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Dear Gidda Anna

Updated: Feb 4

A heartwarming story written by a DLRC parent :)

Last week at our son’s school’s Republic Day Function, something special happened that left us with tears in our eyes.

A bright, chilly morning on the 26th. All parents and kids are gathered around the central amphitheatre. The emcees announce, “Let’s welcome our chief guest!”

The chief guest slowly enters from the back of the campus (fact: as he stays on the farm), accompanied by the school’s three founders. As he walks, a couple of middle-schoolers lead the way with the dhol and tasha.

He must be a local dignitary, I think. Short, stout, and attired in a white dhoti-kurta and a bright yellow turban, he looks the typical politician–maybe a municipal councillor or panchayat chief. The flag is unfurled, the national anthem sung–we are ready for the main program.

But let’s introduce the Chief Guest first. And that’s when the surprise hits us.

The man in the yellow turban is not a councillor, Panchayat member or local dignitary. He is Gidda Anna - the chief contractor who has built the school with his own hands and an amazing team that works on the farm till date.

So, our son’s school (DLRC) is unique in many aspects, including the campus. Spread over a lovely green expanse, right next to farmland, the school comprises several eco-friendly structures built using wood, bamboo and other natural material. Open classrooms let in ample sunlight and fresh air.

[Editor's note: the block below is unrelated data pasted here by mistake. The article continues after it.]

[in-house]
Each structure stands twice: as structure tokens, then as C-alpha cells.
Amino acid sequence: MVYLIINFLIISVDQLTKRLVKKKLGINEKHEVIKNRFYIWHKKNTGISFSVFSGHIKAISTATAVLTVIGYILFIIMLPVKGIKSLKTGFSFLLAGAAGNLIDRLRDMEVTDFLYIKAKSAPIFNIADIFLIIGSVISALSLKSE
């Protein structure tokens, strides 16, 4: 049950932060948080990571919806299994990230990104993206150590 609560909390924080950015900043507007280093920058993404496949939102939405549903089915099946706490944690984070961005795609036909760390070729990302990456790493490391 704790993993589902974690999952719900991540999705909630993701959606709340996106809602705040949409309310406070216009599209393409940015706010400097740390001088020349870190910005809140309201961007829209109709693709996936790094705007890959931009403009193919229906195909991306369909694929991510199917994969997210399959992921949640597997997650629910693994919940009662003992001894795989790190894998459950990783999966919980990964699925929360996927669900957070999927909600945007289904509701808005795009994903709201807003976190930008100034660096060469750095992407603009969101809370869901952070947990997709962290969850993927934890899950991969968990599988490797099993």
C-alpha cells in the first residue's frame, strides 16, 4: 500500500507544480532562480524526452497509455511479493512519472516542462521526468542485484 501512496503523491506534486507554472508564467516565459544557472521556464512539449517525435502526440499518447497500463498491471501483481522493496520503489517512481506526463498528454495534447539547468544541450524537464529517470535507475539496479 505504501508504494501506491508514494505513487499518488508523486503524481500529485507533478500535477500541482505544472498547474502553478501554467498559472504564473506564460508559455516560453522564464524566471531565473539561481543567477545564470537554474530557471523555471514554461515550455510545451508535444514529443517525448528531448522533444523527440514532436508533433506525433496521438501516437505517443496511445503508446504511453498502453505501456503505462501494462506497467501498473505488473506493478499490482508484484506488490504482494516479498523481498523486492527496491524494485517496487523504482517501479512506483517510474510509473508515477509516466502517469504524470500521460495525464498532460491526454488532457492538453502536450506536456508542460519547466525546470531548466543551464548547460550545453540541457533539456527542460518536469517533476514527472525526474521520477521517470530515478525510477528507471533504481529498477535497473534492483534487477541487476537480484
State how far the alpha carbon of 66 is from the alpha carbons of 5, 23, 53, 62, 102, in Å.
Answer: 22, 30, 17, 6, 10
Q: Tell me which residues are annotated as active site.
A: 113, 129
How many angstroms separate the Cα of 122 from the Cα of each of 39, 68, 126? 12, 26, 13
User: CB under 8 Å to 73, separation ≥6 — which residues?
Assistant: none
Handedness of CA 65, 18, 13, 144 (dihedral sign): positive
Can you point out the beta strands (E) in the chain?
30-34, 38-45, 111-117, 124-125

The founders are deeply involved in campus’ design and construction. And who helped them build it with his ingenuity, hard work and enthusiasm? Gidda Anna.

Hailing from a small village in north Karnataka, Gidda Anna – who had only studied till a 1 year CPED after Grade 12 - had found a natural inclination to carpentry and construction and had learnt the ropes through years of trial and error.

Back to the function. Gidda Anna is called on stage to address the audience. He walks up and clumsily fiddles with his phone for the speech. He looks up at the crowd in front of him: about a 100 folk–kindergartners to 12th graders, and their parents.

And Gidda Anna falters. He cannot muster the courage to address this audience. He stumbles back, shaking his head and wiping tears from his eyes. The emcees walk up to him. One of the co-founders puts his hand on his shoulder and gives him courage. A parent cheers “C’MON GIDDA ANNA.” All of us start clapping for him.

Slowly, steadily, Gidda Anna is led back to the mike. The emcees think on their feet. Instead of a speech, they make it a Q&A. 

“Gidda Anna, we heard you were a very fast racer in school”

“Yes, in my time, no one could run faster than me in entire Hubli-Dharwad”

Wild cheers.

“Who inspired you the most?”

“My mentor, Late Andy ( Rajeev Almelkar), from whom I learnt everything”

And then a final one.

“Gidda Anna, what is your happiest memory of DLRC”

“Aaj hi sabse khush hun” (I’m the happiest right now) he says and wipes his tears.

We all do the same.

Kudos to the school and founders for recognizing the work of folks like Gidda Anna and teaching the kids an invaluable lesson that can’t be learnt through books.

By: Ravishanker Iyer (a DLRC Student's Parent)

Edited by: Avishi Dalmia (DLRC Alumni and Media Lab Curator)

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